Sun, Jul 26, 2009 - Page 18 News List

Bolt clocks 9.91, Isinbayeva stunned

OUT IN FRONT: Usain Bolt eased to victory in the 100m on a day overshadowed by the news that five Jamaican athletes had tested positive for banned substances


Blanka Vlasic of Croatia clears the bar in the women’s high jump during the first day of the Aviva London Grand Prix at Crystal Palace in London on Friday.


Against a strong headwind, Usain Bolt eased to victory in the 100m at the London Grand Prix on Friday in his last race over the distance before the world championships next month.

The Olympic champion and world record holder clocked 9.91 seconds at Crystal Palace.

Another of the sport’s biggest stars, Yelena Isinbayeva, was stunned in the pole vault, losing for the first time in six years.

Anna Rogowska of Poland beat her on a count back. Isinbayeva entered the competition at 4.68m, but cleared it only on her final attempt. The Russian failed three times at 4.78m.

“I’m a little disappointed, it’s unusual for me as I don’t know how to come second,” said Isinbayeva, who last lost a major event in 2003. “I had a really good indoor season and I was hoping to carry that to outdoors, but I have had some injuries which did not help with my training. I am confident for the worlds because I have three weeks before my competition. I will take a rest. I will be in my best shape.”

Bolt was also in high spirits for the worlds in Berlin from Aug. 15 to Aug. 23 after running against a 1.7m/s headwind.

Fellow Jamaican Yohan Blake was second in 10.11 seconds and former world record holder Asafa Powell, who was unbeaten on his three previous visits, finished back in sixth.

“I feel really good about going to Berlin and I’m going there on a mission,” Bolt said. “I’m just glad I got through the race injury free. My start wasn’t the best, but I’m improving and I now have more work to do. I’m in really good shape right now and I don’t see any reason to run myself out. I did well and was proud of myself. I got it right, so I’m happy.”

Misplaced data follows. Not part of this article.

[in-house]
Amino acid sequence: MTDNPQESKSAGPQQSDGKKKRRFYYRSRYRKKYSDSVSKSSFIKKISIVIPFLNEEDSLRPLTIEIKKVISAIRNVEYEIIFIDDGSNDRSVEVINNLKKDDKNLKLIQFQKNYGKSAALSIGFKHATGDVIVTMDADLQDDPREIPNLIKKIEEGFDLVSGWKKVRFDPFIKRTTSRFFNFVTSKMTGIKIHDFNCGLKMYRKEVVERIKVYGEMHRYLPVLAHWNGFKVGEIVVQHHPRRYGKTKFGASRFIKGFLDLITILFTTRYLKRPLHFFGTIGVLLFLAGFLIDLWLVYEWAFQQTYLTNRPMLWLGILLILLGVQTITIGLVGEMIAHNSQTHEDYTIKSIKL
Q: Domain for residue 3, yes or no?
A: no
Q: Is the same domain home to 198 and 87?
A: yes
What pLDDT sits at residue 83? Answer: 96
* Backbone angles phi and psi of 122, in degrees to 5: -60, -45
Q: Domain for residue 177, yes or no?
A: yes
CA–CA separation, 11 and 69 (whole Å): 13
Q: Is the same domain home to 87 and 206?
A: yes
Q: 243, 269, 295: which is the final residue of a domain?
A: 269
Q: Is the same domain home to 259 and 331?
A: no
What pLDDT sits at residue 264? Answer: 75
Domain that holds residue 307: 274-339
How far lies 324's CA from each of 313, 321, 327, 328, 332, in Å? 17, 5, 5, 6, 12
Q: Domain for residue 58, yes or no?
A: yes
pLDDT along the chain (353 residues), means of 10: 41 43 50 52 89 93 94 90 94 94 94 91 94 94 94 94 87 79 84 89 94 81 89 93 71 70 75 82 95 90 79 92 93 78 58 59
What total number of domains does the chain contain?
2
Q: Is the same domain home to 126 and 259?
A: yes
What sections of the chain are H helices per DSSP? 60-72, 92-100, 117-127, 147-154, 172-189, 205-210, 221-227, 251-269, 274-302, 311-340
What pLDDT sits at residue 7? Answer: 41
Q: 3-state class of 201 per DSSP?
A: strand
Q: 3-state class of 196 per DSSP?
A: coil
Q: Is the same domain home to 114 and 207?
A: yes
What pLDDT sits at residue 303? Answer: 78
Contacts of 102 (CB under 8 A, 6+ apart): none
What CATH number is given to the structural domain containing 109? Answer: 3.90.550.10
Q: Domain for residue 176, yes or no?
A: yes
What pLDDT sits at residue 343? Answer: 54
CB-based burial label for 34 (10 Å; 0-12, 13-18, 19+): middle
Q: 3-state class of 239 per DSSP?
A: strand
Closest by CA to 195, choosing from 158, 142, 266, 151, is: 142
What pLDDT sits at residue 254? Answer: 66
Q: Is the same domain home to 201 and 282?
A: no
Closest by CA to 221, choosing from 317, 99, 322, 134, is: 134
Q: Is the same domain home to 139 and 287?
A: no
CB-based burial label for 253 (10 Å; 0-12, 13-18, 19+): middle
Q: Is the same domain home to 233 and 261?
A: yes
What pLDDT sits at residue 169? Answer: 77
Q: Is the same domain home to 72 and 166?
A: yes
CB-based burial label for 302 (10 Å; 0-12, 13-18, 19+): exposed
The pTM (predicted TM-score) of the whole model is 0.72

Bolt is confident of being in top form for the worlds.

“I’m still at 85 percent [fitness] and after this it’s all training. I’ve got two or three weeks of good training to put in,” Bolt said. “So I guess I will be 100 percent by Berlin.”

The 22-year-old Bolt was scheduled to be back on the track yesterday to race in the 4x100m relay. His victory returned the focus of Jamaican athletics back to the track after news emerged on Friday that five of the nation’s athletes — four men and one woman — tested positive for banned substances. There was no suggestion that Bolt, Blake or Powell were implicated.

“As long as I’m clean, I’m just going forward,” Bolt said. “It’s sad for the sport because the sport was getting on so well. I was trying to bring it back. This is probably a step backwards because people start questioning everybody, especially from Jamaica. For me, it doesn’t matter because I will be going out there, day after day, doing my best. I get tested all the time. It shows that people get tested and they get caught if they are on drugs.”

Also on the first day of the south London meet, Debbie Ferguson-McKenzie of the Bahamas won the women’s 200m in 23.11 seconds.

Marshevet Hooker of the US withstood a late surge from Emily Freeman to finish second in 23.30 seconds.

“Everyone has been saying I am too old, but a week ago I realized that it has nothing to do with age,” the 33-year-old Ferguson-McKenzie said a week after setting a world-leading time at the Vardinoyiannia meet. “My heart is in it, I am healthy.”

Dayron Robles of Cuba won the 110m hurdles in 13.29 seconds. Ryan Brathwaite of Barbados was second in 13.31 seconds and Andy Turner of Britain was third in 13.31 seconds.

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